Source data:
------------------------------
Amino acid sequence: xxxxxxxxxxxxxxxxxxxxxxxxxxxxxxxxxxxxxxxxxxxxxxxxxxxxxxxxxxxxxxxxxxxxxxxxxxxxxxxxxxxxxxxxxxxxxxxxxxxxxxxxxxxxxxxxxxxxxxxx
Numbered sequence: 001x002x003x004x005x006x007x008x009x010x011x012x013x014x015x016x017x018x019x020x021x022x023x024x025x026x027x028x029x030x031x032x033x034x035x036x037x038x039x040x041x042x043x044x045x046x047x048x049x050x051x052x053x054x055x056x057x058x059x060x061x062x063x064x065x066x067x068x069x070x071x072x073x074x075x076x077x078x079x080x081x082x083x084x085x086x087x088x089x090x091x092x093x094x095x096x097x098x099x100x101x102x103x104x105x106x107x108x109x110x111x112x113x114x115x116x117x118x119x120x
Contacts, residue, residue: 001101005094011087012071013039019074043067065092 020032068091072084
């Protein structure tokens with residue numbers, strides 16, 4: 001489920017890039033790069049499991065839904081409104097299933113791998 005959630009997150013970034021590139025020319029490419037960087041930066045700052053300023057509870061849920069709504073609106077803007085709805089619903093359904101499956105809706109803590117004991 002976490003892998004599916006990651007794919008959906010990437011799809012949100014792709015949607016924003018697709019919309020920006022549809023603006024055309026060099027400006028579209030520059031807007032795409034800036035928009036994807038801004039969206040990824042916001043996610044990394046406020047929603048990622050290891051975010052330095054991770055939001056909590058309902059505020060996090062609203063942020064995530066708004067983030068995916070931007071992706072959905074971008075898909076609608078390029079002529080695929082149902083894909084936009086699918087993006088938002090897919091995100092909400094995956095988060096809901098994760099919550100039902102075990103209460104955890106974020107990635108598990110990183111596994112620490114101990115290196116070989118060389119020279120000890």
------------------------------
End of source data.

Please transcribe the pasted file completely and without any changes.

Amino acid sequence: xxxxxxxxxxxxxxxxxxxxxxxxxxxxxxxxxxxxxxxxxxxxxxxxxxxxxxxxxxxxxxxxxxxxxxxxxxxxxxxxxxxxxxxxxxxxxxxxxxxxxxxxxxxxxxxxxxxxxxxx
Numbered sequence: 001x002x003x004x005x006x007x008x009x010x011x012x013x014x015x016x017x018x019x020x021x022x023x024x025x026x027x028x029x030x031x032x033x034x035x036x037x038x039x040x041x042x043x044x045x046x047x048x049x050x051x052x053x054x055x056x057x058x059x060x061x062x063x064x065x066x067x068x069x070x071x072x073x074x075x076x077x078x079x080x081x082x083x084x085x086x087x088x089x090x091x092x093x094x095x096x097x098x099x100x101x102x103x104x105x106x107x108x109x110x111x112x113x114x115x116x117x118x119x120x
Contacts, residue, residue: 001101005094011087012071013039019074043067065092 020032068091072084
């Protein structure tokens with residue numbers, strides 16, 4: 001489920017890039033790069049499991065839904081409104097299933113791998 005959630009997150013970034021590139025020319029490419037960087041930066045700052053300023057509870061849920069709504073609106077803007085709805089619903093359904101499956105809706109803590117004991 002976490003892998004599916006990651007794919008959906010990437011799809012949100014792709015949607016924003018697709019919309020920006022549809023603006024055309026060099027400006028579209030520059031807007032795409034800036035928009036994807038801004039969206040990824042916001043996610044990394046406020047929603048990622050290891051975010052330095054991770055939001056909590058309902059505020060996090062609203063942020064995530066708004067983030068995916070931007071992706072959905074971008075898909076609608078390029079002529080695929082149902083894909084936009086699918087993006088938002090897919091995100092909400094995956095988060096809901098994760099919550100039902102075990103209460104955890106974020107990635108598990110990183111596994112620490114101990115290196116070989118060389119020279120000890």